There are some pleasing rallies, the odd ace and a pile of unforced errors in Grand Slam, the latest play by The Spectator's theatre critic, Lloyd Evans. The piece is a kind of satiric follow-up to Wimbledon, the movie rom-com in which a low-ranked British player managed to power his way to the men's final, having found new balls through his affair with a rising American star.
The play purports to offer the same type of wish-fulfilment fantasy to a public that has been starved of a British singles triumph at the tournament since Betty Stove's game disintegrated in the last set of the 1977 women's final, allowing Virginia Wade to pick up the trophy from a grimly unenthusiastic monarch. Evans, though, pokes more knowing and mischievous fun at this collective desire. The trouble is that, in his attempt to create an alternative reality in which the curse of the Brits is briefly lifted, he has to concoct a scenario with more holes than a tennis racket.
Like the Paul Bettany character in Wimbledon, Madeleine Rochester is a former great white hope who is now on the brink of retirement. Entering the tournament on a wild card, this Monaco-based posh totty needs a temporary replacement for her injured bodyguard. Enter Cedric, a craggily attractive East End hardnut, and the scene looks set for a mix of Miss Julie and Lady Chatterley's Lover with some savage cross-court passes.
Madeleine quickly intuits that her bit of rough has a criminal past. It's never entirely clear why a bodyguard agency is prepared to employ a man who has done time for GBH (or worse). But then it's equally hard to fathom why Madeleine needs such round-the-clock protection since she's no Sharapova and, indeed, is pathetically grateful for the attentions of her traffic warden stalker, Neville. The latter sends her items of pink clothing – first a head-band and then more intimate items. The superstitious Madeleine is given a boost by these garments and wins her opening match against the number six seed. Can her luck hold?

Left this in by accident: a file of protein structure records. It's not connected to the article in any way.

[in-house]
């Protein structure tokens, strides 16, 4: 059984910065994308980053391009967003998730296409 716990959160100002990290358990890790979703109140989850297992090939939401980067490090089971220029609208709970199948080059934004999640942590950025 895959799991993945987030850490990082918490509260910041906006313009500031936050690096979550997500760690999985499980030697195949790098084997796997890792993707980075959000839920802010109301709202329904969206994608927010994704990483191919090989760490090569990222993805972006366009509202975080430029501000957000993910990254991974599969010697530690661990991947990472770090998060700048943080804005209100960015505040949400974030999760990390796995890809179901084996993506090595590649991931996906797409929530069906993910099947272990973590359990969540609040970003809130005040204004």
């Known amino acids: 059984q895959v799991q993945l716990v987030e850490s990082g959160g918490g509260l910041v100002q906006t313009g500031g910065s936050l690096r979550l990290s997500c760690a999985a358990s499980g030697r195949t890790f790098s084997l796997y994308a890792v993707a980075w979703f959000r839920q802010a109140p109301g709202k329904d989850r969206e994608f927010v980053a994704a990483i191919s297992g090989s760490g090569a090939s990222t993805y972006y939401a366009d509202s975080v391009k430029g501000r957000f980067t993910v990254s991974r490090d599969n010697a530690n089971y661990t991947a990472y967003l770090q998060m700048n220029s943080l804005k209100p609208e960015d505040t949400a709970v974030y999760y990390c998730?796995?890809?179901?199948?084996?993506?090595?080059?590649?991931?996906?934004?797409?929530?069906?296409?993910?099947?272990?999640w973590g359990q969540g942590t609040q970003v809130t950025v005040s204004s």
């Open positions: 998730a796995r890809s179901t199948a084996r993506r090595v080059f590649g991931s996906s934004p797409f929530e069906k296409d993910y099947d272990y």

Evans' two-hander gets comic mileage out of the mismatch between its pair of opposites. Portrayed with just the right degree of hoity-toity flightiness and underlying vulnerability by the lovely, lanky Rachel Pickup, Madeleine is a mass of New Age neuroses about food, shrinks and alternative remedies. She recommends the "dolphin-model" diet to Cedric who prefers his burgers to brain-enhancing plankton. Deep down, in fact, so does she – and the play puckishly traces the growing envy of this bored, circuit-weary sportswoman for her very basic bodyguard. Sam Spruell's likeable cockney pillar of political incorrectness gets to deliver most of the best lines and he does so with a deliciously dour flair.
Tamara Harvey, who staged Nicholas de Jongh's Plague Over England, directs a sprightly production. It would be unfair to give away the devious twists and turns by which Madeleine's progress to the semi-finals remains unimpeded, despite an epic drunken binge and an unscheduled shag. But the play contrives to be excitement-free. Each of Madeleine's victories is presented as brisk commentary on the final points. A dramatist such as Roy Williams, who tackled football and British racial prejudice in Sing Yer Heart Out For The Lads, can build up the pressure by creating tension between onstage action and offstage match. In Grand Slam, the only time that happens is when Madeleine nods off while watching a grunting female rally on DVD.
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